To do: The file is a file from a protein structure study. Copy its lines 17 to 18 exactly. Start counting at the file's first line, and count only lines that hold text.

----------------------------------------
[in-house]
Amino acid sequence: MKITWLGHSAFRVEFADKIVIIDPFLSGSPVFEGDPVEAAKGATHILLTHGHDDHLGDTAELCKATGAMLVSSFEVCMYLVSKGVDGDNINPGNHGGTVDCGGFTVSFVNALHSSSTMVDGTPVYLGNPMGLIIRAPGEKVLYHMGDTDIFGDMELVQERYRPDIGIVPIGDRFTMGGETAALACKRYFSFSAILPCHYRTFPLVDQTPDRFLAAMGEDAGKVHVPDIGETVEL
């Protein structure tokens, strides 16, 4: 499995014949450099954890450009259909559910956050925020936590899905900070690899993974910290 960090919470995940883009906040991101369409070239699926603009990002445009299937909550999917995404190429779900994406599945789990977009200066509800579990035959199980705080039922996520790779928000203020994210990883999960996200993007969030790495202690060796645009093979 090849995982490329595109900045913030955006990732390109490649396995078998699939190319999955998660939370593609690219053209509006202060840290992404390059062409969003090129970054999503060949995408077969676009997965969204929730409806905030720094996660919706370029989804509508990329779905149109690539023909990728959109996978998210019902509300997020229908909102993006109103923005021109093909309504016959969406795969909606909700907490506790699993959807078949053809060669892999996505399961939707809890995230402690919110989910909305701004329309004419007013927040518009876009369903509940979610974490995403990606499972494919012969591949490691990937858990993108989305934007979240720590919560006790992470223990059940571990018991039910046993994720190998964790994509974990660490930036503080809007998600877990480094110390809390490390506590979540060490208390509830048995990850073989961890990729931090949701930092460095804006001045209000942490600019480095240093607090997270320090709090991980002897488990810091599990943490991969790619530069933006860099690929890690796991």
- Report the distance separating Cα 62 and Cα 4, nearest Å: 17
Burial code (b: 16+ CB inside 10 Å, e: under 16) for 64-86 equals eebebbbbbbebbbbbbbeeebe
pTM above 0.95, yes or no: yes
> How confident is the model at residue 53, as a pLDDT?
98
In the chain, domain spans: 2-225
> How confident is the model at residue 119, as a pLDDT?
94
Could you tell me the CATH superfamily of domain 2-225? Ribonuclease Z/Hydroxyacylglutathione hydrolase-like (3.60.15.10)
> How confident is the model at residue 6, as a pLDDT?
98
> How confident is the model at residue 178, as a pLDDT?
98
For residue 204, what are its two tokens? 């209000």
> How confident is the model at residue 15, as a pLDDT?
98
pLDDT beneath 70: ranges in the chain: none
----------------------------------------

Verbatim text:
For residue 204, what are its two tokens? 């209000």
> How confident is the model at residue 15, as a pLDDT?